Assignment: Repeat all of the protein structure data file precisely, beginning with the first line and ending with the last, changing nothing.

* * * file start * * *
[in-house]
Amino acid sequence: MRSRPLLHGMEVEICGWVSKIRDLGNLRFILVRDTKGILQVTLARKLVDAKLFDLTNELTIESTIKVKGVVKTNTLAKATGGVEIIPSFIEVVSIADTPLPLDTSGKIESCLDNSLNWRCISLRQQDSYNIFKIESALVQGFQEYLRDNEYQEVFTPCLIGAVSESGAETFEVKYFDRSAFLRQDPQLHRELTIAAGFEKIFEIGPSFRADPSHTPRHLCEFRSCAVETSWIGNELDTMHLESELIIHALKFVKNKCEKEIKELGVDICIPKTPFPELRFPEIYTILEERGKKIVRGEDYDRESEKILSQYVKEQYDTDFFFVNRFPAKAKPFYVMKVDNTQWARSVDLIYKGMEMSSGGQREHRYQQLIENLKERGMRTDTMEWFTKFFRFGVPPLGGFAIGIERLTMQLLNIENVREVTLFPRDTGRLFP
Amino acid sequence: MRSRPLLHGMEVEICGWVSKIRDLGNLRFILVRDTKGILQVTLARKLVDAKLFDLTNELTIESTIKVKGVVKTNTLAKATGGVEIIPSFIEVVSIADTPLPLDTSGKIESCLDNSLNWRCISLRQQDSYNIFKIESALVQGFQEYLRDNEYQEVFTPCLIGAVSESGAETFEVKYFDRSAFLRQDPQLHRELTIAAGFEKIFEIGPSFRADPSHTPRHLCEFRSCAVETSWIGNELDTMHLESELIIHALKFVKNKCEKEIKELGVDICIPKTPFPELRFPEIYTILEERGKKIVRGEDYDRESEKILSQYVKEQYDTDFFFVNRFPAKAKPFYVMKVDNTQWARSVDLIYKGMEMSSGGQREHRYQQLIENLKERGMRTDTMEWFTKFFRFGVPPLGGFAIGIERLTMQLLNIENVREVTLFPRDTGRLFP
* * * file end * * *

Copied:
[in-house]
Amino acid sequence: MRSRPLLHGMEVEICGWVSKIRDLGNLRFILVRDTKGILQVTLARKLVDAKLFDLTNELTIESTIKVKGVVKTNTLAKATGGVEIIPSFIEVVSIADTPLPLDTSGKIESCLDNSLNWRCISLRQQDSYNIFKIESALVQGFQEYLRDNEYQEVFTPCLIGAVSESGAETFEVKYFDRSAFLRQDPQLHRELTIAAGFEKIFEIGPSFRADPSHTPRHLCEFRSCAVETSWIGNELDTMHLESELIIHALKFVKNKCEKEIKELGVDICIPKTPFPELRFPEIYTILEERGKKIVRGEDYDRESEKILSQYVKEQYDTDFFFVNRFPAKAKPFYVMKVDNTQWARSVDLIYKGMEMSSGGQREHRYQQLIENLKERGMRTDTMEWFTKFFRFGVPPLGGFAIGIERLTMQLLNIENVREVTLFPRDTGRLFP
Amino acid sequence: MRSRPLLHGMEVEICGWVSKIRDLGNLRFILVRDTKGILQVTLARKLVDAKLFDLTNELTIESTIKVKGVVKTNTLAKATGGVEIIPSFIEVVSIADTPLPLDTSGKIESCLDNSLNWRCISLRQQDSYNIFKIESALVQGFQEYLRDNEYQEVFTPCLIGAVSESGAETFEVKYFDRSAFLRQDPQLHRELTIAAGFEKIFEIGPSFRADPSHTPRHLCEFRSCAVETSWIGNELDTMHLESELIIHALKFVKNKCEKEIKELGVDICIPKTPFPELRFPEIYTILEERGKKIVRGEDYDRESEKILSQYVKEQYDTDFFFVNRFPAKAKPFYVMKVDNTQWARSVDLIYKGMEMSSGGQREHRYQQLIENLKERGMRTDTMEWFTKFFRFGVPPLGGFAIGIERLTMQLLNIENVREVTLFPRDTGRLFP